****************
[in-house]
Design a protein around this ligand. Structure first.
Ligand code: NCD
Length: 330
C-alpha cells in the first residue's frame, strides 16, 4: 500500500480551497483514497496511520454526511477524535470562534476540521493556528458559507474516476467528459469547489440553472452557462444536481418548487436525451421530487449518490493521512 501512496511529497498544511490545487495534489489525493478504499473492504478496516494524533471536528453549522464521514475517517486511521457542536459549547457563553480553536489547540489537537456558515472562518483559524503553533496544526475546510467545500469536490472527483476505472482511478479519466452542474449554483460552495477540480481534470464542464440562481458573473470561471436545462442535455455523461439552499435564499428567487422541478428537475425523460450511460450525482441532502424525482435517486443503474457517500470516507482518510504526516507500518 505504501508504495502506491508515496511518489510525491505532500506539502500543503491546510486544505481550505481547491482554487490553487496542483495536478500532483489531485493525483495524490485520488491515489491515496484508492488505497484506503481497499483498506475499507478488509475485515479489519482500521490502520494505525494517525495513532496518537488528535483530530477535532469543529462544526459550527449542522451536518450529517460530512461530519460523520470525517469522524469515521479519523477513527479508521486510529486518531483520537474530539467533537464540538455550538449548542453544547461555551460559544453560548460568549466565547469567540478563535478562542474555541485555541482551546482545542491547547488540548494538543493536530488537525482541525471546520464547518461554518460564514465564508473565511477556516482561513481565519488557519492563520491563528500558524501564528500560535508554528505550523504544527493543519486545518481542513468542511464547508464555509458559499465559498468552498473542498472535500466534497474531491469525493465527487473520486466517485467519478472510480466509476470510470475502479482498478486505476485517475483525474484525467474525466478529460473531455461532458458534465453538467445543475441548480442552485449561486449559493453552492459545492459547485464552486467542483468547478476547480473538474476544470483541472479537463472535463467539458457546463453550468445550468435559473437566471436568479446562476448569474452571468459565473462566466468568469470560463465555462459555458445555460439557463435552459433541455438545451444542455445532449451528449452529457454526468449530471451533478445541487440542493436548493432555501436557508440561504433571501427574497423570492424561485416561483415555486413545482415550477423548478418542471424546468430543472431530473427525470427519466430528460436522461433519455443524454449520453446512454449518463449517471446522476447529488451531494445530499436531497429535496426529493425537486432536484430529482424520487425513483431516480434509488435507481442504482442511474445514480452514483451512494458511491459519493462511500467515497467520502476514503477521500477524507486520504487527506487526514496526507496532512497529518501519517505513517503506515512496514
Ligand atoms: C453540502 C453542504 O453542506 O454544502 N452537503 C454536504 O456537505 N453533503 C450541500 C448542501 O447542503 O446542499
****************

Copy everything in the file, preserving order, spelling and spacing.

[in-house]
Design a protein around this ligand. Structure first.
Ligand code: NCD
Length: 330
C-alpha cells in the first residue's frame, strides 16, 4: 500500500480551497483514497496511520454526511477524535470562534476540521493556528458559507474516476467528459469547489440553472452557462444536481418548487436525451421530487449518490493521512 501512496511529497498544511490545487495534489489525493478504499473492504478496516494524533471536528453549522464521514475517517486511521457542536459549547457563553480553536489547540489537537456558515472562518483559524503553533496544526475546510467545500469536490472527483476505472482511478479519466452542474449554483460552495477540480481534470464542464440562481458573473470561471436545462442535455455523461439552499435564499428567487422541478428537475425523460450511460450525482441532502424525482435517486443503474457517500470516507482518510504526516507500518 505504501508504495502506491508515496511518489510525491505532500506539502500543503491546510486544505481550505481547491482554487490553487496542483495536478500532483489531485493525483495524490485520488491515489491515496484508492488505497484506503481497499483498506475499507478488509475485515479489519482500521490502520494505525494517525495513532496518537488528535483530530477535532469543529462544526459550527449542522451536518450529517460530512461530519460523520470525517469522524469515521479519523477513527479508521486510529486518531483520537474530539467533537464540538455550538449548542453544547461555551460559544453560548460568549466565547469567540478563535478562542474555541485555541482551546482545542491547547488540548494538543493536530488537525482541525471546520464547518461554518460564514465564508473565511477556516482561513481565519488557519492563520491563528500558524501564528500560535508554528505550523504544527493543519486545518481542513468542511464547508464555509458559499465559498468552498473542498472535500466534497474531491469525493465527487473520486466517485467519478472510480466509476470510470475502479482498478486505476485517475483525474484525467474525466478529460473531455461532458458534465453538467445543475441548480442552485449561486449559493453552492459545492459547485464552486467542483468547478476547480473538474476544470483541472479537463472535463467539458457546463453550468445550468435559473437566471436568479446562476448569474452571468459565473462566466468568469470560463465555462459555458445555460439557463435552459433541455438545451444542455445532449451528449452529457454526468449530471451533478445541487440542493436548493432555501436557508440561504433571501427574497423570492424561485416561483415555486413545482415550477423548478418542471424546468430543472431530473427525470427519466430528460436522461433519455443524454449520453446512454449518463449517471446522476447529488451531494445530499436531497429535496426529493425537486432536484430529482424520487425513483431516480434509488435507481442504482442511474445514480452514483451512494458511491459519493462511500467515497467520502476514503477521500477524507486520504487527506487526514496526507496532512497529518501519517505513517503506515512496514
Ligand atoms: C453540502 C453542504 O453542506 O454544502 N452537503 C454536504 O456537505 N453533503 C450541500 C448542501 O447542503 O446542499